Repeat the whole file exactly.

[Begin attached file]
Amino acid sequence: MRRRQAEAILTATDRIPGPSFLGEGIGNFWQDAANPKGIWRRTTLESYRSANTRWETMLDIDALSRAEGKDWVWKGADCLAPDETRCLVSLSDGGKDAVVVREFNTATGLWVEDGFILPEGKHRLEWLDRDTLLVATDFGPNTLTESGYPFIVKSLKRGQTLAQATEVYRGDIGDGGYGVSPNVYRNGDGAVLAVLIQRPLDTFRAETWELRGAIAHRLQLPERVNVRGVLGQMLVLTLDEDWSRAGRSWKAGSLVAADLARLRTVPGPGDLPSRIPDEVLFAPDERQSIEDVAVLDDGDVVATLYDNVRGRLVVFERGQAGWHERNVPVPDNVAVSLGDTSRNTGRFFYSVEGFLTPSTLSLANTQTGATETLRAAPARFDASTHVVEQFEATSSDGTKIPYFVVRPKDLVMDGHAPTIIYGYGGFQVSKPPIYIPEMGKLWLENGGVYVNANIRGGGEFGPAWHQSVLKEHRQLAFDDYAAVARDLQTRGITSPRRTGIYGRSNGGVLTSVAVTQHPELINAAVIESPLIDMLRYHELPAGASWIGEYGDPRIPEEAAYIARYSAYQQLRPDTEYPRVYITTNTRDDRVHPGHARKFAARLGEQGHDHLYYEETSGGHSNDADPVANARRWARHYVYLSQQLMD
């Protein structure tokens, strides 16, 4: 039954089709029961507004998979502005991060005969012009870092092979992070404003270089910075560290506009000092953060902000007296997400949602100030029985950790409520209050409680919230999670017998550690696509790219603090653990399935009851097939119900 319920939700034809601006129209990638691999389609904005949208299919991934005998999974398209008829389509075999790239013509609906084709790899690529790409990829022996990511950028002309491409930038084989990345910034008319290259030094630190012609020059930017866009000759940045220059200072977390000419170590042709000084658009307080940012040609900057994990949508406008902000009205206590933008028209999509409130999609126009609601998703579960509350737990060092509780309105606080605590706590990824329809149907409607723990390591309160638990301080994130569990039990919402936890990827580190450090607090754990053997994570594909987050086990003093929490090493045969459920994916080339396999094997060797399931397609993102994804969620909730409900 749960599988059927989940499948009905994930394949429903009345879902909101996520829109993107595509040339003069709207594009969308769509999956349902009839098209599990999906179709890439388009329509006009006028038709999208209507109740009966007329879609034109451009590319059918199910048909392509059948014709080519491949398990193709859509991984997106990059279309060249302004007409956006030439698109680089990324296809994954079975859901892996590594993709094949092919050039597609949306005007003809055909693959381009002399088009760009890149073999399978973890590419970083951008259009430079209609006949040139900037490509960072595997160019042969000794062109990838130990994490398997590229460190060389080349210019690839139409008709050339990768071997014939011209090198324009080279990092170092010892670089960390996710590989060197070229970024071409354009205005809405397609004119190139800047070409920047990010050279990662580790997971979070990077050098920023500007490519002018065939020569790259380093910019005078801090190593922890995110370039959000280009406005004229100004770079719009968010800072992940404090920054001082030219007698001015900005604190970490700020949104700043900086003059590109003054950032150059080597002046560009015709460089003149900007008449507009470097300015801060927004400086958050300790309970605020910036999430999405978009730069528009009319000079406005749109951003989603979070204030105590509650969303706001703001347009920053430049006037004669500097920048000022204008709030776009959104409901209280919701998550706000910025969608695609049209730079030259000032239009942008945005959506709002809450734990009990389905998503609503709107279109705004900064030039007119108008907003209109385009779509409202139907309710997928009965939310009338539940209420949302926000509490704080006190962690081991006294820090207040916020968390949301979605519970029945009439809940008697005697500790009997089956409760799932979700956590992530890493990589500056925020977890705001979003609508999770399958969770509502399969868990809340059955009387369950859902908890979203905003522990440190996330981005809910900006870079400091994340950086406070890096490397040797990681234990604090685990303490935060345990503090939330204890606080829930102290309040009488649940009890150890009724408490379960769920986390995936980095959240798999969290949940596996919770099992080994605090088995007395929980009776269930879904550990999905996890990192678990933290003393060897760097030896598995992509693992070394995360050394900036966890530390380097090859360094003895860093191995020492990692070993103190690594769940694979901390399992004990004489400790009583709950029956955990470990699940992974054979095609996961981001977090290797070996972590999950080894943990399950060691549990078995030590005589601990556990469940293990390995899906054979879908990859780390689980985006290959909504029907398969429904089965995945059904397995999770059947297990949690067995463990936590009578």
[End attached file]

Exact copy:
Amino acid sequence: MRRRQAEAILTATDRIPGPSFLGEGIGNFWQDAANPKGIWRRTTLESYRSANTRWETMLDIDALSRAEGKDWVWKGADCLAPDETRCLVSLSDGGKDAVVVREFNTATGLWVEDGFILPEGKHRLEWLDRDTLLVATDFGPNTLTESGYPFIVKSLKRGQTLAQATEVYRGDIGDGGYGVSPNVYRNGDGAVLAVLIQRPLDTFRAETWELRGAIAHRLQLPERVNVRGVLGQMLVLTLDEDWSRAGRSWKAGSLVAADLARLRTVPGPGDLPSRIPDEVLFAPDERQSIEDVAVLDDGDVVATLYDNVRGRLVVFERGQAGWHERNVPVPDNVAVSLGDTSRNTGRFFYSVEGFLTPSTLSLANTQTGATETLRAAPARFDASTHVVEQFEATSSDGTKIPYFVVRPKDLVMDGHAPTIIYGYGGFQVSKPPIYIPEMGKLWLENGGVYVNANIRGGGEFGPAWHQSVLKEHRQLAFDDYAAVARDLQTRGITSPRRTGIYGRSNGGVLTSVAVTQHPELINAAVIESPLIDMLRYHELPAGASWIGEYGDPRIPEEAAYIARYSAYQQLRPDTEYPRVYITTNTRDDRVHPGHARKFAARLGEQGHDHLYYEETSGGHSNDADPVANARRWARHYVYLSQQLMD
């Protein structure tokens, strides 16, 4: 039954089709029961507004998979502005991060005969012009870092092979992070404003270089910075560290506009000092953060902000007296997400949602100030029985950790409520209050409680919230999670017998550690696509790219603090653990399935009851097939119900 319920939700034809601006129209990638691999389609904005949208299919991934005998999974398209008829389509075999790239013509609906084709790899690529790409990829022996990511950028002309491409930038084989990345910034008319290259030094630190012609020059930017866009000759940045220059200072977390000419170590042709000084658009307080940012040609900057994990949508406008902000009205206590933008028209999509409130999609126009609601998703579960509350737990060092509780309105606080605590706590990824329809149907409607723990390591309160638990301080994130569990039990919402936890990827580190450090607090754990053997994570594909987050086990003093929490090493045969459920994916080339396999094997060797399931397609993102994804969620909730409900 749960599988059927989940499948009905994930394949429903009345879902909101996520829109993107595509040339003069709207594009969308769509999956349902009839098209599990999906179709890439388009329509006009006028038709999208209507109740009966007329879609034109451009590319059918199910048909392509059948014709080519491949398990193709859509991984997106990059279309060249302004007409956006030439698109680089990324296809994954079975859901892996590594993709094949092919050039597609949306005007003809055909693959381009002399088009760009890149073999399978973890590419970083951008259009430079209609006949040139900037490509960072595997160019042969000794062109990838130990994490398997590229460190060389080349210019690839139409008709050339990768071997014939011209090198324009080279990092170092010892670089960390996710590989060197070229970024071409354009205005809405397609004119190139800047070409920047990010050279990662580790997971979070990077050098920023500007490519002018065939020569790259380093910019005078801090190593922890995110370039959000280009406005004229100004770079719009968010800072992940404090920054001082030219007698001015900005604190970490700020949104700043900086003059590109003054950032150059080597002046560009015709460089003149900007008449507009470097300015801060927004400086958050300790309970605020910036999430999405978009730069528009009319000079406005749109951003989603979070204030105590509650969303706001703001347009920053430049006037004669500097920048000022204008709030776009959104409901209280919701998550706000910025969608695609049209730079030259000032239009942008945005959506709002809450734990009990389905998503609503709107279109705004900064030039007119108008907003209109385009779509409202139907309710997928009965939310009338539940209420949302926000509490704080006190962690081991006294820090207040916020968390949301979605519970029945009439809940008697005697500790009997089956409760799932979700956590992530890493990589500056925020977890705001979003609508999770399958969770509502399969868990809340059955009387369950859902908890979203905003522990440190996330981005809910900006870079400091994340950086406070890096490397040797990681234990604090685990303490935060345990503090939330204890606080829930102290309040009488649940009890150890009724408490379960769920986390995936980095959240798999969290949940596996919770099992080994605090088995007395929980009776269930879904550990999905996890990192678990933290003393060897760097030896598995992509693992070394995360050394900036966890530390380097090859360094003895860093191995020492990692070993103190690594769940694979901390399992004990004489400790009583709950029956955990470990699940992974054979095609996961981001977090290797070996972590999950080894943990399950060691549990078995030590005589601990556990469940293990390995899906054979879908990859780390689980985006290959909504029907398969429904089965995945059904397995999770059947297990949690067995463990936590009578």